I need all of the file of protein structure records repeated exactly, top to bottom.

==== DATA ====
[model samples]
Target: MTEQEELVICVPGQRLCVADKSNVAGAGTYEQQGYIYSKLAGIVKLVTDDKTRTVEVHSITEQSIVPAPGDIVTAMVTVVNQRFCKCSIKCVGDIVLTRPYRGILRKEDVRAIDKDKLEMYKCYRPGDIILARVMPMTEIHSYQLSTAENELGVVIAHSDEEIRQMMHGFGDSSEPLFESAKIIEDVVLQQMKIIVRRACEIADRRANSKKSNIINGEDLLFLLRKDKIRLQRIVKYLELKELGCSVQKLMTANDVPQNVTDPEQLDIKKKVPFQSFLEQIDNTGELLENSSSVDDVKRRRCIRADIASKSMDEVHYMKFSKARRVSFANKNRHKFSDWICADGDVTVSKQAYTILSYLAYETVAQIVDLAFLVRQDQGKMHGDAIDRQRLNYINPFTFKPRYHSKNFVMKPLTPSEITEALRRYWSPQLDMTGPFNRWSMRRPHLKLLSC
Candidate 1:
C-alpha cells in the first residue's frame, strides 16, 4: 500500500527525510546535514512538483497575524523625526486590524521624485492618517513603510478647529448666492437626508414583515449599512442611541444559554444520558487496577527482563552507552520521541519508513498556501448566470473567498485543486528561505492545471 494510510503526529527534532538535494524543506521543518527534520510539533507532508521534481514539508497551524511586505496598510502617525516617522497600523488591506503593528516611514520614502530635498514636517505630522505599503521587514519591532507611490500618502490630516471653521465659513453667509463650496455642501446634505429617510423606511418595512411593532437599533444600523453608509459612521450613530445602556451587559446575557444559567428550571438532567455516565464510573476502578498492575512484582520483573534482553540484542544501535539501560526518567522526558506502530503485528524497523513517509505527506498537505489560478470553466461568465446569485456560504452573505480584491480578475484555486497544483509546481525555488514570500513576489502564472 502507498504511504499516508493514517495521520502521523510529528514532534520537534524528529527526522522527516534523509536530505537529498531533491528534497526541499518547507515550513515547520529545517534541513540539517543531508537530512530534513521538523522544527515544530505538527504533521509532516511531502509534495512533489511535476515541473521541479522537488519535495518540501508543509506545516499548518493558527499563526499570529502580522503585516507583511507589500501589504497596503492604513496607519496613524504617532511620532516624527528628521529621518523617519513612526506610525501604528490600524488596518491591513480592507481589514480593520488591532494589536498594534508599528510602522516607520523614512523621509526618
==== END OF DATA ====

[model samples]
Target: MTEQEELVICVPGQRLCVADKSNVAGAGTYEQQGYIYSKLAGIVKLVTDDKTRTVEVHSITEQSIVPAPGDIVTAMVTVVNQRFCKCSIKCVGDIVLTRPYRGILRKEDVRAIDKDKLEMYKCYRPGDIILARVMPMTEIHSYQLSTAENELGVVIAHSDEEIRQMMHGFGDSSEPLFESAKIIEDVVLQQMKIIVRRACEIADRRANSKKSNIINGEDLLFLLRKDKIRLQRIVKYLELKELGCSVQKLMTANDVPQNVTDPEQLDIKKKVPFQSFLEQIDNTGELLENSSSVDDVKRRRCIRADIASKSMDEVHYMKFSKARRVSFANKNRHKFSDWICADGDVTVSKQAYTILSYLAYETVAQIVDLAFLVRQDQGKMHGDAIDRQRLNYINPFTFKPRYHSKNFVMKPLTPSEITEALRRYWSPQLDMTGPFNRWSMRRPHLKLLSC
Candidate 1:
C-alpha cells in the first residue's frame, strides 16, 4: 500500500527525510546535514512538483497575524523625526486590524521624485492618517513603510478647529448666492437626508414583515449599512442611541444559554444520558487496577527482563552507552520521541519508513498556501448566470473567498485543486528561505492545471 494510510503526529527534532538535494524543506521543518527534520510539533507532508521534481514539508497551524511586505496598510502617525516617522497600523488591506503593528516611514520614502530635498514636517505630522505599503521587514519591532507611490500618502490630516471653521465659513453667509463650496455642501446634505429617510423606511418595512411593532437599533444600523453608509459612521450613530445602556451587559446575557444559567428550571438532567455516565464510573476502578498492575512484582520483573534482553540484542544501535539501560526518567522526558506502530503485528524497523513517509505527506498537505489560478470553466461568465446569485456560504452573505480584491480578475484555486497544483509546481525555488514570500513576489502564472 502507498504511504499516508493514517495521520502521523510529528514532534520537534524528529527526522522527516534523509536530505537529498531533491528534497526541499518547507515550513515547520529545517534541513540539517543531508537530512530534513521538523522544527515544530505538527504533521509532516511531502509534495512533489511535476515541473521541479522537488519535495518540501508543509506545516499548518493558527499563526499570529502580522503585516507583511507589500501589504497596503492604513496607519496613524504617532511620532516624527528628521529621518523617519513612526506610525501604528490600524488596518491591513480592507481589514480593520488591532494589536498594534508599528510602522516607520523614512523621509526618